--and a cry was ripped out of him by the fierceness of the pain, as he plunged the ceremonial knife into his leg. The darkness vanished, the other selves vanished, and as the landscape of his spell dissolved around him he was huddling on the floor of his room, surrounded by the square of his wards. Before him was the little shrine that he'd erected, the small white-draped table, two vases of greenery and the round mirror that they framed...he tore his eyes away and looked down. Blood was seeping from around the knife, soaking gradually into his sweatpants. He stared at that spreading stain. Jerking the blade free, he drove it down again--a second wound, deeper than the first. There was more pain, searing like fire, a dizzying gush of blood from the original cut. Leaning on the knife, he felt the faint grate of metal scraping bone. His leg throbbed with agony.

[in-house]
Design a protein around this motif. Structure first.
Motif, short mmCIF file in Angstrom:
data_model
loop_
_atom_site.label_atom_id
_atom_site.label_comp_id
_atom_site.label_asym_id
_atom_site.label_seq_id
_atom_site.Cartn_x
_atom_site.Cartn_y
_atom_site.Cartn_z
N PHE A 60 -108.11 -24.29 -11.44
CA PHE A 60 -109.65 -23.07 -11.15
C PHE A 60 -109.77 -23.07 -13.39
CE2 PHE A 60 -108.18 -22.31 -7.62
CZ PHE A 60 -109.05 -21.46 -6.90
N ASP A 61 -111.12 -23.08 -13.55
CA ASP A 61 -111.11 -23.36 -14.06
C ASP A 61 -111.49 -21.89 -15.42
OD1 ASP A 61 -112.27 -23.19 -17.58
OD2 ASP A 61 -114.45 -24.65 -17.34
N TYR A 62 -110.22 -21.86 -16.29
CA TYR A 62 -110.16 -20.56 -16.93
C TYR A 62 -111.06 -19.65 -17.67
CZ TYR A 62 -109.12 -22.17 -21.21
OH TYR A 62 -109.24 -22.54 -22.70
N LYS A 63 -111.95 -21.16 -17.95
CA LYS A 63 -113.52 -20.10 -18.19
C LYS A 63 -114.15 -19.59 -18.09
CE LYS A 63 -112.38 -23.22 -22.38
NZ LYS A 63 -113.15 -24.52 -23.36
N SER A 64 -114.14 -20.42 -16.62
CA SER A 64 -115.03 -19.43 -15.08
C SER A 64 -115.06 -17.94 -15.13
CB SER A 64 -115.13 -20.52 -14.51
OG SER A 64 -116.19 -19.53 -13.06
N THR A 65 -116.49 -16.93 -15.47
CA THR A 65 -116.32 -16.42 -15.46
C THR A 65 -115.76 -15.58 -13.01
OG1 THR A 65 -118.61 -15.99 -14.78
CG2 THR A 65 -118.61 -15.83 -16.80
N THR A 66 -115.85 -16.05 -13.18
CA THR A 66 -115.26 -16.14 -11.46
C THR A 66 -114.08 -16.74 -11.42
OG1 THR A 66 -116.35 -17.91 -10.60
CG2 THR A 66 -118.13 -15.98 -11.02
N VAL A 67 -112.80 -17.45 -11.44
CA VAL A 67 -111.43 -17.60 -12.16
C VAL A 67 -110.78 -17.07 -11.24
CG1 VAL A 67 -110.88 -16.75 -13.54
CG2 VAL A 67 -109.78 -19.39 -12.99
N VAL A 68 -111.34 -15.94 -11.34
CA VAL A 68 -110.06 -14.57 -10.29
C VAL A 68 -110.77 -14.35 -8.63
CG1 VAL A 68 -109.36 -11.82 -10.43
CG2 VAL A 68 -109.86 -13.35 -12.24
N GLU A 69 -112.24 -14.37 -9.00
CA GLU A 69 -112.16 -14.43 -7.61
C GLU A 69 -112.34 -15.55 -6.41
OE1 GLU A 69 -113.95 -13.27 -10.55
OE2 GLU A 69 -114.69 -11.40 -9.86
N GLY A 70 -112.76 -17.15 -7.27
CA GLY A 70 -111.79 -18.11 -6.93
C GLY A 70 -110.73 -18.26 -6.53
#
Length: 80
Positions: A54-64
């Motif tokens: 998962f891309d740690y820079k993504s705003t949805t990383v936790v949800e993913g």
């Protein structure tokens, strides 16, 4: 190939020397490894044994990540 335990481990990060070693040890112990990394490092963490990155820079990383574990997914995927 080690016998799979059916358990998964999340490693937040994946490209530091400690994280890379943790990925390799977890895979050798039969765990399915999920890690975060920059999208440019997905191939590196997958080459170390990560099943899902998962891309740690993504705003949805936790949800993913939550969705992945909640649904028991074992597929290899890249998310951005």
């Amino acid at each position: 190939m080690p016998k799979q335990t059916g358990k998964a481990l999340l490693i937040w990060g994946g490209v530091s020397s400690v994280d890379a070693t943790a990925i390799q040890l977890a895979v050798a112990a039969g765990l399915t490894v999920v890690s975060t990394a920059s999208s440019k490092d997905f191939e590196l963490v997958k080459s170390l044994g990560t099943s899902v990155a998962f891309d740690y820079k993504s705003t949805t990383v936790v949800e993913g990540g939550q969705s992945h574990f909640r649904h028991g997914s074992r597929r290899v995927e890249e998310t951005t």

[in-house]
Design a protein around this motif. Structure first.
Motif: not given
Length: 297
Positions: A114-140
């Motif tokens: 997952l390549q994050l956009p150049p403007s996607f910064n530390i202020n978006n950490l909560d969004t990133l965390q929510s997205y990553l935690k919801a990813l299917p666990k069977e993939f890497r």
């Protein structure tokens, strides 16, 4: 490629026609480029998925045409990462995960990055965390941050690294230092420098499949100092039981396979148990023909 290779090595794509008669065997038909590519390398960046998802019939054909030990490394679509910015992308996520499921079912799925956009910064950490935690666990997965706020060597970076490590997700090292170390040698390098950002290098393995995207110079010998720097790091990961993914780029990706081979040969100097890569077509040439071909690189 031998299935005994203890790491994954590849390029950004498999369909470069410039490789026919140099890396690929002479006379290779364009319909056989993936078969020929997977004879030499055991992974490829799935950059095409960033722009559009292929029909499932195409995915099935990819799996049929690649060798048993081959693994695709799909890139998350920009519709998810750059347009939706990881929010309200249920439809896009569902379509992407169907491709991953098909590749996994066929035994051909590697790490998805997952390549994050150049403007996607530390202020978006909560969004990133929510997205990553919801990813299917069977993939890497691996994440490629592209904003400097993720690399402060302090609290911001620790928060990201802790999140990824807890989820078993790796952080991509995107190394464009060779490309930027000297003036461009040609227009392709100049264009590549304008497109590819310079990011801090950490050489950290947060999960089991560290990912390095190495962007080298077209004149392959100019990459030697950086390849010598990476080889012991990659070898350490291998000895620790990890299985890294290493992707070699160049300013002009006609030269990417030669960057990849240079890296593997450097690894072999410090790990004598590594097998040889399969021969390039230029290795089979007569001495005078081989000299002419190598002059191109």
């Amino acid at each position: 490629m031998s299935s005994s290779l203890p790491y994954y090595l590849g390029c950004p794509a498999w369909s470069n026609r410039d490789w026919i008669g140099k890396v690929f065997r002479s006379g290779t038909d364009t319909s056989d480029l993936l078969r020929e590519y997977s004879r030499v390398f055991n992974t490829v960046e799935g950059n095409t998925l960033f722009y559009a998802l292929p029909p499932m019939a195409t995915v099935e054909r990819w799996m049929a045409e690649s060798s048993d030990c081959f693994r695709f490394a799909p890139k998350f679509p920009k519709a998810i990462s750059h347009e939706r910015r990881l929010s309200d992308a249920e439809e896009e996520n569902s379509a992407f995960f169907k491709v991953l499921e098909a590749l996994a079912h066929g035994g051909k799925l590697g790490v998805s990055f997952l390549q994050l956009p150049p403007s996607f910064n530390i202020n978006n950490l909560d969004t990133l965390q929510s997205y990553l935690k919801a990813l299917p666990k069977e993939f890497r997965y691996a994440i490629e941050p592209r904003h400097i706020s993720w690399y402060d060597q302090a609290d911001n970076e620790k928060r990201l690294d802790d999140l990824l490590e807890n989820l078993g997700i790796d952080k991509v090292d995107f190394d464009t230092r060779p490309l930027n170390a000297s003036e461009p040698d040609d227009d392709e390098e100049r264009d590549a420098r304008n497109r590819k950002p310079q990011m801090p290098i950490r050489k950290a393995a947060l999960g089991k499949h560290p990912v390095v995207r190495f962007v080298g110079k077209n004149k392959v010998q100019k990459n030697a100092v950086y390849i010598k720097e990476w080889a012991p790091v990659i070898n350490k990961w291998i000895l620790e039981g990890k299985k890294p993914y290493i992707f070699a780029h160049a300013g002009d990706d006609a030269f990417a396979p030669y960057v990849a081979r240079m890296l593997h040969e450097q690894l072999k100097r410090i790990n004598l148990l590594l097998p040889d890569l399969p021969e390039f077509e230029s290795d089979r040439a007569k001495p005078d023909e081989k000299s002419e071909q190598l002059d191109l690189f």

There were sudden, pounding footsteps in the hall outside. Somebody shouted, "Subaru-san!" and his door was flung open. Sorata took one horrified look, and then leaped across the room toward Subaru. The wards should have held him out, but they were fraying, and the monk tore through them heedlessly.

Subaru yanked the knife clear again. He turned it in his hand, trying to turn it toward himself--but he was cold, as cold as the night outside his window, he was shaking, and a greyness had come over his vision. He was too slow. Sorata had his wrists; Subaru tried to twist away, and the monk's foot skidded in the growing pool of blood. He fell on Subaru, driving his knee into the injured leg, and Subaru choked back another cry.